Branch secretary Ben Norman says there will be a focus on promoting a bid for Portsmouth Naval Base to come under community ownership.

Ben says: ‘We are hoping it will be a landmark for the left.

‘We are going to be working with our colleagues in Southampton too, councillors that are currently elected, to ensure they get re-elected, in the hope of building a good, community-led alternative to austerity.’

Meanwhile, The Green Party hopes to win its first seat in Havant and one of its candidates, Tim Dawes, is running for St Faith’s ward, which is controlled by the Conservatives.

The party hopes to secure 35 per cent of the vote there.

Mr Dawes says the aim is help stimulate the redevelopment of Havant’s town centre and make sure shops aren’t just turned into new homes.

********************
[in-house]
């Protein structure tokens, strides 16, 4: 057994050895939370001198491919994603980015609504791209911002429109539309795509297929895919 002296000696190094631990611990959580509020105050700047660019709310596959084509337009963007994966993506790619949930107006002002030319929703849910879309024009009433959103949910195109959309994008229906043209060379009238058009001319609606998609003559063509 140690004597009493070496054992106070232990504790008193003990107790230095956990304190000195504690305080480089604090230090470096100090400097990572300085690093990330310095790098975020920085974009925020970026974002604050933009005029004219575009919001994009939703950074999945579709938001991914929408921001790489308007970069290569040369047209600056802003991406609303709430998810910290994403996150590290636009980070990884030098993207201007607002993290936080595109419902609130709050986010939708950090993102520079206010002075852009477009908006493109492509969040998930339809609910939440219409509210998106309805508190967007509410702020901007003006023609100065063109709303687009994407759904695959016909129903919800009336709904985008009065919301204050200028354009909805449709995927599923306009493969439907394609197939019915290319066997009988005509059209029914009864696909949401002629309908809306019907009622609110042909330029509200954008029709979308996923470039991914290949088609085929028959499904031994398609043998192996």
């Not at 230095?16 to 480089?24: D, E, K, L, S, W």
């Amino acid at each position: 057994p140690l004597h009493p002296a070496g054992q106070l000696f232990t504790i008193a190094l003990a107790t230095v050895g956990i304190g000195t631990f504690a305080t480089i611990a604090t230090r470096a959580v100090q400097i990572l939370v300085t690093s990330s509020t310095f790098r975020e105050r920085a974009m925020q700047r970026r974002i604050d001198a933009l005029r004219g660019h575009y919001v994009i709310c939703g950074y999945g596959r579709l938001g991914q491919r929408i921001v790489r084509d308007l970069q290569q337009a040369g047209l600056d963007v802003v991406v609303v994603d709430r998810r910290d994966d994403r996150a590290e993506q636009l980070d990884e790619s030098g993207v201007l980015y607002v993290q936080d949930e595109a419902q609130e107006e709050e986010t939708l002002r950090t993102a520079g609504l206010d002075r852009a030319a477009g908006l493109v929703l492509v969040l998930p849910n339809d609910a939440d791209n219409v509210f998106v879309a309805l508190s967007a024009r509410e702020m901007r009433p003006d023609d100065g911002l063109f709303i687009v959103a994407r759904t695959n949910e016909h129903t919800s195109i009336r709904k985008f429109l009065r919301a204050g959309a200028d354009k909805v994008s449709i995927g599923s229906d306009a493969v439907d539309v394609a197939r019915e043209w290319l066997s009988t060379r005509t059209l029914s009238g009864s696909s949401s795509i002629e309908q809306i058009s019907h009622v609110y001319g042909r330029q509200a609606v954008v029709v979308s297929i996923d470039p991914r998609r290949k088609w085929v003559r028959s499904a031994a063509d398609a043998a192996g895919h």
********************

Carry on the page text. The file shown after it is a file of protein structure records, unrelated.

‘We actively speak for the people who live locally, rather than for the developers and those with money,’ he says.

‘With the way things are going, I think we will get a strong vote.

‘We want proper redevelopment, and redevelopment of the town centre that isn’t just based on satisfying spectators who have been holding on to dead property for a long time.

‘Voters are feeling disillusioned.

‘If you speak to people in the street most people say they are, and the problem is most of them don’t want to vote because of it.

‘What they need to realise is if they vote for those who could make a difference, that could bring them into power.’

Councillor Luke Stubbs, who represents Portsmouth’s Eastney and Craneswater ward for the Conservatives, said cuts imposed by the city’s leading party, the Liberal Democrats, will probably affect their performance at the ballot box.